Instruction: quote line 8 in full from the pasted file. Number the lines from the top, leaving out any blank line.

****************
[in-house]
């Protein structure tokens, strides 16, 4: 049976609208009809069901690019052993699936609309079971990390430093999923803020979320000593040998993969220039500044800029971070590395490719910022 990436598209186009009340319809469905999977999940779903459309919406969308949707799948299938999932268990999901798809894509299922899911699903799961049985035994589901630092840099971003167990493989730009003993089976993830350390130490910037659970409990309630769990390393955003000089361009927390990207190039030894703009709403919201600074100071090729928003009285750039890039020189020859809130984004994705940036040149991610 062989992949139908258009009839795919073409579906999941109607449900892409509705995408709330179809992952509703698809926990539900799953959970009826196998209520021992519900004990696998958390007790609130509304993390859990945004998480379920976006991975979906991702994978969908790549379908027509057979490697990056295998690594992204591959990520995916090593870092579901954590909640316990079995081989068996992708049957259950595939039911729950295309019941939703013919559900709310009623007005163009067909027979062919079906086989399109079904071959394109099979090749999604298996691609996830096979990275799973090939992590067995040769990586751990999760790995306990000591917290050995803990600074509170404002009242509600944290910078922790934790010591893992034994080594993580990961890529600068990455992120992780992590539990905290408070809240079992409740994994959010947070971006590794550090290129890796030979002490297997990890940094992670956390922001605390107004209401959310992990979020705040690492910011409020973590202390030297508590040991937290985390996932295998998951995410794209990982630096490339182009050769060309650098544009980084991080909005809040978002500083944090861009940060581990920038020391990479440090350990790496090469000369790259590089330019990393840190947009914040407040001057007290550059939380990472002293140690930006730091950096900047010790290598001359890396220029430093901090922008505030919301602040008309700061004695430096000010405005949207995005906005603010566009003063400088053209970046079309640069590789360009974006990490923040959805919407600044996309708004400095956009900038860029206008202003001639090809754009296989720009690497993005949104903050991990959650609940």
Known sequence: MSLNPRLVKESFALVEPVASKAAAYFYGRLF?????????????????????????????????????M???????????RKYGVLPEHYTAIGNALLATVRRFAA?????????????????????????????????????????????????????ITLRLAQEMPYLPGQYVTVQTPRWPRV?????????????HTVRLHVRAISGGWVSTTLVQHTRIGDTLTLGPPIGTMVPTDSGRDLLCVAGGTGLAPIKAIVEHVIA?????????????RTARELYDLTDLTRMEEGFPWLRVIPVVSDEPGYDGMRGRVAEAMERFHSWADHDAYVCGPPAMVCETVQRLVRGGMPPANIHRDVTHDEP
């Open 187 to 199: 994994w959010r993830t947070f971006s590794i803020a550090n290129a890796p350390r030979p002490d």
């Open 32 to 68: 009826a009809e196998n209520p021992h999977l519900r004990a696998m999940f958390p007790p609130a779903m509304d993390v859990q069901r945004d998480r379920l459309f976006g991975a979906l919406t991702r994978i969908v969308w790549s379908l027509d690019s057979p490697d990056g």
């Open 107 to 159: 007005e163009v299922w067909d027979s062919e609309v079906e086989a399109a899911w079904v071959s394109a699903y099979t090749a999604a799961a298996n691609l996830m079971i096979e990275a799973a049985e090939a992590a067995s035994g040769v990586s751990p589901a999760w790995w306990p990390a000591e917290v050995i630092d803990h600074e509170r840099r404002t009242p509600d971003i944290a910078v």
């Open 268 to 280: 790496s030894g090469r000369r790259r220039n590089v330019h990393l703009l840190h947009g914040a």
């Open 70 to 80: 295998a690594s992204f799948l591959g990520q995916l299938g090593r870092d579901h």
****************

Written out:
């Open 70 to 80: 295998a690594s992204f799948l591959g990520q995916l299938g090593r870092d579901h």